Inside the Lab- with Hilde Van Esch

By Dr. Dominique Pichard, Chief Science Officer, International Rett Syndrome Foundation

Accelerating Rett research is our mission at IRSF, and our investment in Dr. Van Esch’s ground-breaking work reflects that mission in every way. Dr. Van Esch sees patients with Rett syndrome and has a track record of making breakthroughs in Rett-related research. We are proud to feature her and her potentially transformative new research direction in this edition of Inside the Lab.

Dr. Hilde Van Esch runs an outreach clinic for patients with Rett syndrome one day and conducts Rett science the next. She knows Rett and is well aware of the need for treatments. Further, as a mom, Van Esch empathizes with Rett families and the challenges they face. She’s driven to ensure her work makes a difference for them.

“I’m also a parent, so I feel very much how difficult their lives are,” says Van Esch, “If I can make a difference…I find this extremely rewarding.”

Her dedication to helping families has inspired her to take her already state-of-the-art research on Rett syndrome and Rett-related disorders to the next level. Her lab has been studying human-derived brain cells in Petri dishes. Now, Van Esch will investigate these same brain cells in mice.

This approach may seem unusual. Indeed, few researchers use it because it is very specialized. And Van Esch is the only one in the world employing it in a study of Rett syndrome. However, her novel work may bridge a gap between humans with Rett syndrome and the mice used in Rett research.

Accelerating Rett research with a humanized mouse model

Animal models play essential roles in disease research and treatment development. Mouse models, for instance, have enabled substantial progress in our ability to combat a wide variety of diseases. Yet, humans aren’t mice, and scientists’ ability to translate findings made using mouse models to humans is not guaranteed. For example, a treatment that proves effective in mice may or may not possess the same efficacy in human patients.

Rett syndrome is no exception in this regard. The most commonly studied mouse model of Rett syndrome (developed by Sir Adrian Bird) shows many of the same symptoms as human individuals. However, the brain cells in these mice display all the characteristics of Rett from birth. As such, researchers currently lack the means to study the period of normal development and the regression of skills- key features of Rett syndrome- in an animal model.

Van Esch’s IRSF-funded work could establish the necessary means. With the assistance of her collaborator Dr. Pierre Vanderhaegehn, Van Esch will study brain development in mice receiving a transplant of human-derived healthy, Rett, or MECP2 Duplication Syndrome brain cells as embryos.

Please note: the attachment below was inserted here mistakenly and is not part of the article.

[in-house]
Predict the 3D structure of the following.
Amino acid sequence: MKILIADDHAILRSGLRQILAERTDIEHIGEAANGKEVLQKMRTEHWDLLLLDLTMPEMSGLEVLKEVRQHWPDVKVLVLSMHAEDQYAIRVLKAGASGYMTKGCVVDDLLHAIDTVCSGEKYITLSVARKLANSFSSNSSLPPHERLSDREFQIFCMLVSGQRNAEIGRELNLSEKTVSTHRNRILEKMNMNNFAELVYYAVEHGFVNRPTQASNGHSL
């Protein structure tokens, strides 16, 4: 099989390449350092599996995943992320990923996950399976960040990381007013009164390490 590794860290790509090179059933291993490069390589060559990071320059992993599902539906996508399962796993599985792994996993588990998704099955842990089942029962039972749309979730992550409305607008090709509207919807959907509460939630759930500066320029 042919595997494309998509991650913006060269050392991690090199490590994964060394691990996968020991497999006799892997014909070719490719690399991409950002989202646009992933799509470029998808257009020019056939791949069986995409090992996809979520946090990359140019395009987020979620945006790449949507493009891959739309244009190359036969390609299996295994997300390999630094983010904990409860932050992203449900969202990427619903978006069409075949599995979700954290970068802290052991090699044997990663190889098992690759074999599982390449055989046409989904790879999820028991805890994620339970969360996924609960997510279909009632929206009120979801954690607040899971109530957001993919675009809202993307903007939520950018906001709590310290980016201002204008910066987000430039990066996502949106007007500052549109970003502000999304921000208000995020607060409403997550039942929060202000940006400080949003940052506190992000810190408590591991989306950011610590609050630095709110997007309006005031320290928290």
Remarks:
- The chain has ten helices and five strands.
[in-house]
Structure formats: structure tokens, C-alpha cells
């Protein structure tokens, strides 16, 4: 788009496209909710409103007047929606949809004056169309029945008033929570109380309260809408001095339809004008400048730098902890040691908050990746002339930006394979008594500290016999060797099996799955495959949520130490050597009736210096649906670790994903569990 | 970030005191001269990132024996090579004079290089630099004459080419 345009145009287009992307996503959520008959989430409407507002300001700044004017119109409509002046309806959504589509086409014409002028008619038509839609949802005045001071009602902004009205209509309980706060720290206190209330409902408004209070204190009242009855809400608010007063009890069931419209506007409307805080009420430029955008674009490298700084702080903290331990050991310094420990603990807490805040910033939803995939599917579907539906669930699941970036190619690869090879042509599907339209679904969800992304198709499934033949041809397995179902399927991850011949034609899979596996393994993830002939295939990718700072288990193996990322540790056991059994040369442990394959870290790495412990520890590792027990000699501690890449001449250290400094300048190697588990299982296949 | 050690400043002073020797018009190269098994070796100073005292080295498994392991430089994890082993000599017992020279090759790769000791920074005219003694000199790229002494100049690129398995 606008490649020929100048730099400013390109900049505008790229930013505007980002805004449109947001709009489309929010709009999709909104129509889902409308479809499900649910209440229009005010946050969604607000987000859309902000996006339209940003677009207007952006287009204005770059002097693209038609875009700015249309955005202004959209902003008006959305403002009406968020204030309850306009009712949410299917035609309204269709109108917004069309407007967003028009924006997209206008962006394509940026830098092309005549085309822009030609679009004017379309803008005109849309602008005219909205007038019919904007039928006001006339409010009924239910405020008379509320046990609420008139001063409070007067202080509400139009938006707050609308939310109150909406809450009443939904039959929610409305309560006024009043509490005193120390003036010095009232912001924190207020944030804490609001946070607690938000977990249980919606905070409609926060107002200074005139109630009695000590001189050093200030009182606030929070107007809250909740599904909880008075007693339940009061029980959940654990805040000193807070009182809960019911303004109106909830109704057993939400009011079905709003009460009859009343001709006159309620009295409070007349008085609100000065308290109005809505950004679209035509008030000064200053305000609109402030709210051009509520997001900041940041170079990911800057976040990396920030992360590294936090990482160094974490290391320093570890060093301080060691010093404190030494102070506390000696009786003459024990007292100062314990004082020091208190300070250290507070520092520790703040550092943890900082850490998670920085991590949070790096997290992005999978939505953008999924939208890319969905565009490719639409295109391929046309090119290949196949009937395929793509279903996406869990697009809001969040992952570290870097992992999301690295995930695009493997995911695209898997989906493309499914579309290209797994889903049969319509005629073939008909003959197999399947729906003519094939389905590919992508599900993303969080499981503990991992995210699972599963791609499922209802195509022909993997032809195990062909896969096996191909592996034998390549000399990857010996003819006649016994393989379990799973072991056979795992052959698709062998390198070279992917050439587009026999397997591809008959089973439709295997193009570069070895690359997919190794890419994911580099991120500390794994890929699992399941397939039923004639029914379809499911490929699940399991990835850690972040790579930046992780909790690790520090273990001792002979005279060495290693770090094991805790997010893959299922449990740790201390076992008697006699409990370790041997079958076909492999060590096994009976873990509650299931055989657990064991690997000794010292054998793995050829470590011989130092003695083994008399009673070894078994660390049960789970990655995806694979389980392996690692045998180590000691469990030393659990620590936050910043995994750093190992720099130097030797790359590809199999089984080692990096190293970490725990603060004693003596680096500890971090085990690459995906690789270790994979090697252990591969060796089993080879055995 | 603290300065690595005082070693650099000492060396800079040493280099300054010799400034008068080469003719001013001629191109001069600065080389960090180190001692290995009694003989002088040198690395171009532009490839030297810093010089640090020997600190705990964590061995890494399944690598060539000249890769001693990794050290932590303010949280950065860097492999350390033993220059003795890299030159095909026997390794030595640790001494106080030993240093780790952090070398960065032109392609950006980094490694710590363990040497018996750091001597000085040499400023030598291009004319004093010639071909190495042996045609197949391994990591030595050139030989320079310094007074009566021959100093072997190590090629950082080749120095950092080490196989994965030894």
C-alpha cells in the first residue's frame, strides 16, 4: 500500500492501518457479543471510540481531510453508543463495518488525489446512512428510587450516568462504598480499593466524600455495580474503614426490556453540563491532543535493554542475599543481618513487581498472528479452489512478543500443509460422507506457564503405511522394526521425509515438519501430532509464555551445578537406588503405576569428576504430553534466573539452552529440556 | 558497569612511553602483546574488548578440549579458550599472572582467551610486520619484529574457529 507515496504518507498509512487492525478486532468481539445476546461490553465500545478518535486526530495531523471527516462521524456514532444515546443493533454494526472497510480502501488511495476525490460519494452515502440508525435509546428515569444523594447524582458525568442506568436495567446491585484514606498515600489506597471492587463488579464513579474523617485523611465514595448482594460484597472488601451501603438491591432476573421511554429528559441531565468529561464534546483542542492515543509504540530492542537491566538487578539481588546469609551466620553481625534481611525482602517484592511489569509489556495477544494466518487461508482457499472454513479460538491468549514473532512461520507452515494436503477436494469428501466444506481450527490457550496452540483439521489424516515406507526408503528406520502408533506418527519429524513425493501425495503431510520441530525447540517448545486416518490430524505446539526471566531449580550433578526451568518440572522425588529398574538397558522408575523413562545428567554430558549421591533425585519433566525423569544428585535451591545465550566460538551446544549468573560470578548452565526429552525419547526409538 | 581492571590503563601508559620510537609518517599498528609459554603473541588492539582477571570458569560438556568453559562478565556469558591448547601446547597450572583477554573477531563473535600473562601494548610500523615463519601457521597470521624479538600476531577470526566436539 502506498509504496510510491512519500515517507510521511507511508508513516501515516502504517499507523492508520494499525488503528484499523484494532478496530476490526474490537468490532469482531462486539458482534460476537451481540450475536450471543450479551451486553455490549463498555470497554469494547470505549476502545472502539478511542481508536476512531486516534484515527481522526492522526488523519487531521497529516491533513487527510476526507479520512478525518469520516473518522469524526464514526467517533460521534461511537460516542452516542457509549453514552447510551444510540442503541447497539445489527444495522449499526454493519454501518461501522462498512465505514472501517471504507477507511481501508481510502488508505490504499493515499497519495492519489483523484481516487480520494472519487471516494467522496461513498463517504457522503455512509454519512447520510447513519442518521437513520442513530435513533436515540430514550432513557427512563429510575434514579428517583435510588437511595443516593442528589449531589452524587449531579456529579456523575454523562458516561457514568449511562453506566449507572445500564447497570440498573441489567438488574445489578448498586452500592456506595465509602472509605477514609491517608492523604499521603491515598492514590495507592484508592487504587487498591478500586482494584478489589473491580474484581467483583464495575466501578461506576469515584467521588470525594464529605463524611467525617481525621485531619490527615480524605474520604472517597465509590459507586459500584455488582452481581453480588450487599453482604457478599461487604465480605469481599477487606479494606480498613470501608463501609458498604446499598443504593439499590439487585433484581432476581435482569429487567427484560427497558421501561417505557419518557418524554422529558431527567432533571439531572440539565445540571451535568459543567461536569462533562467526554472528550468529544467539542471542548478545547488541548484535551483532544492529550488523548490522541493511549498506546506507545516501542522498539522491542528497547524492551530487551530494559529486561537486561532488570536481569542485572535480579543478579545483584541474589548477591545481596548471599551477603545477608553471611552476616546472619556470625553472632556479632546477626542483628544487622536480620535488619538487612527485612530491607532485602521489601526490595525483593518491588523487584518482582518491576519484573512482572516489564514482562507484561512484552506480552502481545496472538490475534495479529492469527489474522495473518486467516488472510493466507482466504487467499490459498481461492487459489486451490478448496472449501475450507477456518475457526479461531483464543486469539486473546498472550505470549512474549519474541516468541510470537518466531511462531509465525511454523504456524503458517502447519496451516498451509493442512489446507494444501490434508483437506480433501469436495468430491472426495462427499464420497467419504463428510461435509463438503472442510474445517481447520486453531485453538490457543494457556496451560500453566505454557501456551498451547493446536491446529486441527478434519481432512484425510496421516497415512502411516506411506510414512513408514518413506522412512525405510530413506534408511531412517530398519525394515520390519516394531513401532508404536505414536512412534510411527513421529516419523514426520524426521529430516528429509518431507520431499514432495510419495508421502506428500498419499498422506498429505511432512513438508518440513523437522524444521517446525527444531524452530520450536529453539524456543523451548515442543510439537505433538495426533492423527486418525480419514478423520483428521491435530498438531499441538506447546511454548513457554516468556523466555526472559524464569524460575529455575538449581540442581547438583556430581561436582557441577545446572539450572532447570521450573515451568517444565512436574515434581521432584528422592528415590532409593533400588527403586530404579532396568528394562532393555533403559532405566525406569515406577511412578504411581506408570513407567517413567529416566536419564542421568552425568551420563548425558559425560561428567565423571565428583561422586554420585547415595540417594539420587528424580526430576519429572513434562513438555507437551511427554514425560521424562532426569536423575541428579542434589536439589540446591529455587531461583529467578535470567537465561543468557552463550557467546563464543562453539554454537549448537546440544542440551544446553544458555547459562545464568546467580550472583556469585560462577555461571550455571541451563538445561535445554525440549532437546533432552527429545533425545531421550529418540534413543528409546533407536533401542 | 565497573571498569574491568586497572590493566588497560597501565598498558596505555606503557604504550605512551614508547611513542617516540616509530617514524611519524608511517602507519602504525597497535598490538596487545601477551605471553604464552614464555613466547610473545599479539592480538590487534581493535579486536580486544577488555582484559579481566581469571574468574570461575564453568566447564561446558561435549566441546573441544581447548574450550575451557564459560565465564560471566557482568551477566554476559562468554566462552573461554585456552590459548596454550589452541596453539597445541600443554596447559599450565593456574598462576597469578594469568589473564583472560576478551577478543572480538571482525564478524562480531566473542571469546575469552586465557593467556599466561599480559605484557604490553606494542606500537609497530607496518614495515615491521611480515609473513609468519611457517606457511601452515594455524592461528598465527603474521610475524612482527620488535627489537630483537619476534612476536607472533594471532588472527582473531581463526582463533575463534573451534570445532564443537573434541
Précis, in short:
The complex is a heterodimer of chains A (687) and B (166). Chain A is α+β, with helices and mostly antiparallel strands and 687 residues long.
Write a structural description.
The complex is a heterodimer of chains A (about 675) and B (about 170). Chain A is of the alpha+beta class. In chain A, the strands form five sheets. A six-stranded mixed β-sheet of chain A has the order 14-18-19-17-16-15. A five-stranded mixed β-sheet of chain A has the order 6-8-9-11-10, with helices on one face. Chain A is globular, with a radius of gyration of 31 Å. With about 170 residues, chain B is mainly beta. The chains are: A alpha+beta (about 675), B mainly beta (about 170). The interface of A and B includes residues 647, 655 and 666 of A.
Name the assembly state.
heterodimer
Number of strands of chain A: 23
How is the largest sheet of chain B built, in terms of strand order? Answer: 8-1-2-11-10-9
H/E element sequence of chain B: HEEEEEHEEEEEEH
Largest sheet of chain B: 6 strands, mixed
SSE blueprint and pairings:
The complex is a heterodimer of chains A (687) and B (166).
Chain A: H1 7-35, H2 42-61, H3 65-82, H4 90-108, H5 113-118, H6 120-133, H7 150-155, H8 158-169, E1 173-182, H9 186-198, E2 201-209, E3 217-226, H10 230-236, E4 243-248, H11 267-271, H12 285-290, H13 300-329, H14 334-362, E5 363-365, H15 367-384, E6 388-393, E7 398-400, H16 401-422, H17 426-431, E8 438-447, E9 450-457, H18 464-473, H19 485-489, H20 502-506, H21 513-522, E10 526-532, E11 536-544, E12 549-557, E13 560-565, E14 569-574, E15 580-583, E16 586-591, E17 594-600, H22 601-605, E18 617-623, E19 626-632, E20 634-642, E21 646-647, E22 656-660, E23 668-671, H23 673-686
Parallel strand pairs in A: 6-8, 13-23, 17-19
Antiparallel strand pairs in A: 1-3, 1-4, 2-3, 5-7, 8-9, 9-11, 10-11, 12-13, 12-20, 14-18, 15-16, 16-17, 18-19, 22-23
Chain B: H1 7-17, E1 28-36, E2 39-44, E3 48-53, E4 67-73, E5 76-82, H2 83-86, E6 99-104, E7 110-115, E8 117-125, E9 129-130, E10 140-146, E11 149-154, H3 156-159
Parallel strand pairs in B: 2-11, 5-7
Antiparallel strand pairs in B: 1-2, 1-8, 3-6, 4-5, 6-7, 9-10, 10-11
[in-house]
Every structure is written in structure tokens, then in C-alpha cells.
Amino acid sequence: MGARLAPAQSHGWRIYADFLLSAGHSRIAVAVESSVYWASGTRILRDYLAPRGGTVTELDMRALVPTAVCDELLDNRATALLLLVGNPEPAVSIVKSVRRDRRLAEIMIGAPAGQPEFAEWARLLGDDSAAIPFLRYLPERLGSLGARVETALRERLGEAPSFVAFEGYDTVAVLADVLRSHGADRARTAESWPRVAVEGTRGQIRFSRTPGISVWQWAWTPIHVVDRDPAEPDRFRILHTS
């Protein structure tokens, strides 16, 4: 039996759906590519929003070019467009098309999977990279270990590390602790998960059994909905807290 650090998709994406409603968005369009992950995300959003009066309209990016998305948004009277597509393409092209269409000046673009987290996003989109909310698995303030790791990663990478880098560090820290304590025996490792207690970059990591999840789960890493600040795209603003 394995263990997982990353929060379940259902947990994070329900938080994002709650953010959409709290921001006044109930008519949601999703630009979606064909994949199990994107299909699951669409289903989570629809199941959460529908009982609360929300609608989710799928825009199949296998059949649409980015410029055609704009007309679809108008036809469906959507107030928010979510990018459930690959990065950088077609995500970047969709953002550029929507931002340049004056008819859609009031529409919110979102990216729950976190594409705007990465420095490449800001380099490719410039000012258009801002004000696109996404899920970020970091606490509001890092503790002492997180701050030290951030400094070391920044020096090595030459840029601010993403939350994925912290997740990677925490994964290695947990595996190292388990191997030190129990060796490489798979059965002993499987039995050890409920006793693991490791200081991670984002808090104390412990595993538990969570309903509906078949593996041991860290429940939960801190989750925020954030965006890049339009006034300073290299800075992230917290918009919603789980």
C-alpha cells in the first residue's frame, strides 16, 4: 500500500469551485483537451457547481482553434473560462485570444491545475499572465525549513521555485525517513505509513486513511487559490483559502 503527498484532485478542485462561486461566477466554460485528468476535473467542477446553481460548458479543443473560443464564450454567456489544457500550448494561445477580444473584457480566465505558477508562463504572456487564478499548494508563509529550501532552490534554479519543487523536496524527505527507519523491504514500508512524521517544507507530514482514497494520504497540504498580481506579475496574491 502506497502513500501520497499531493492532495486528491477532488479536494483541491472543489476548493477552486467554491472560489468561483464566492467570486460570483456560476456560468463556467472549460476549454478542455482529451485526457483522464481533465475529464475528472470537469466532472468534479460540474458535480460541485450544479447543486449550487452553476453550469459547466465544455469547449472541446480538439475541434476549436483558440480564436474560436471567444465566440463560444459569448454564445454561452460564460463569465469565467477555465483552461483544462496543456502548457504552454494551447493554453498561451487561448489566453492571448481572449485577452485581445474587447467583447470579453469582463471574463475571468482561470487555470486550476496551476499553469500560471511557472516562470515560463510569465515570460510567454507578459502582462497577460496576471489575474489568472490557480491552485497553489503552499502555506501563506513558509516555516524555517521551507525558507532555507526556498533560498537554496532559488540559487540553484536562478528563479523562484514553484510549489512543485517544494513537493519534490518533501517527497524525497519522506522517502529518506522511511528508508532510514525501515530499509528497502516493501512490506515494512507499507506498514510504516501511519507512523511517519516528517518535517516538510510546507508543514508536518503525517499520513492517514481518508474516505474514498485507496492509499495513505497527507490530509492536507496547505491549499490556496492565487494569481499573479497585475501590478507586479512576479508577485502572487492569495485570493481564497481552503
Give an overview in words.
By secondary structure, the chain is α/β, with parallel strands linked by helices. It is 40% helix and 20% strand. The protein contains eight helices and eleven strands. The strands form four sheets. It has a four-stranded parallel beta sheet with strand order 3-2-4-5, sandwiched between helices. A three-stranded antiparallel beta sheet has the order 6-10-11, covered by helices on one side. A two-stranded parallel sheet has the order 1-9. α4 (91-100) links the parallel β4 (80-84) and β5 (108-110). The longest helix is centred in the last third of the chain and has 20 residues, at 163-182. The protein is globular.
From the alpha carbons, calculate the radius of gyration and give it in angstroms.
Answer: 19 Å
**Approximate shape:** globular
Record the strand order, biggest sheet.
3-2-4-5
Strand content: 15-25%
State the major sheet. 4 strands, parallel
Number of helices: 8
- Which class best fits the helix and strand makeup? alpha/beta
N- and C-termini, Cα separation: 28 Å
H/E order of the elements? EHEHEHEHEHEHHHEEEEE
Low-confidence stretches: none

“What we want to see is if we can [recreate regression] in the mouse brain, and see if these [Rett and Rett-related brain cells] start to suffer,” Van Esch states.

The successful recording of regression in a mouse would represent a major milestone in Rett syndrome research. Excitingly, it would also pave the way for other discoveries that could speed the treatment development process. For instance, by observing what happens during regression, researchers may identify new therapeutic targets.

“What is the trigger?” Van Esch asks as an example of one of the many unanswered questions researchers have about regression, “We hope that [our approach] will visualize this.”

The model may also offer advantages for testing new Rett syndrome treatments. For one, it would provide the first available means to assess a treatment’s effect on regression. Additionally, its use of human brain cells might make it a better predictor of the human response to treatments for Rett in the same way that mice carrying human tumors have improved predictions of human cancer treatment efficacy.

A history of breakthroughs and a future of hope

Of course, no one can predict the future outcomes of Van Esch’s work. However, Van Esch’s past performance indicates that we have every reason to hope for the best.

Van Esch’s career highlights already include significant contributions to Rett and Rett-related disorders. She discovered the Rett-related disorder MECP2 duplication syndrome in 2005. She serves on the board for the European Reference Network ITHACA, an outreach organization dedicated to serving patients with rare diseases like Rett syndrome. As stated above, she also leads a multidisciplinary clinic for children and adults with Rett syndrome.

No matter what, Van Esch anticipates remaining highly motivated to do science that could impact patients’ lives. She expresses optimism about researchers’ potential to find treatments and ultimately a cure for Rett syndrome. She keeps her hopes high and encourages families to do the same.

“Many people, many researchers (I’m just a small one!) are putting a lot of effort into finding a cure for these lovely children,” says Van Esch, “I hope that no one stops believing and hoping. That’s important.”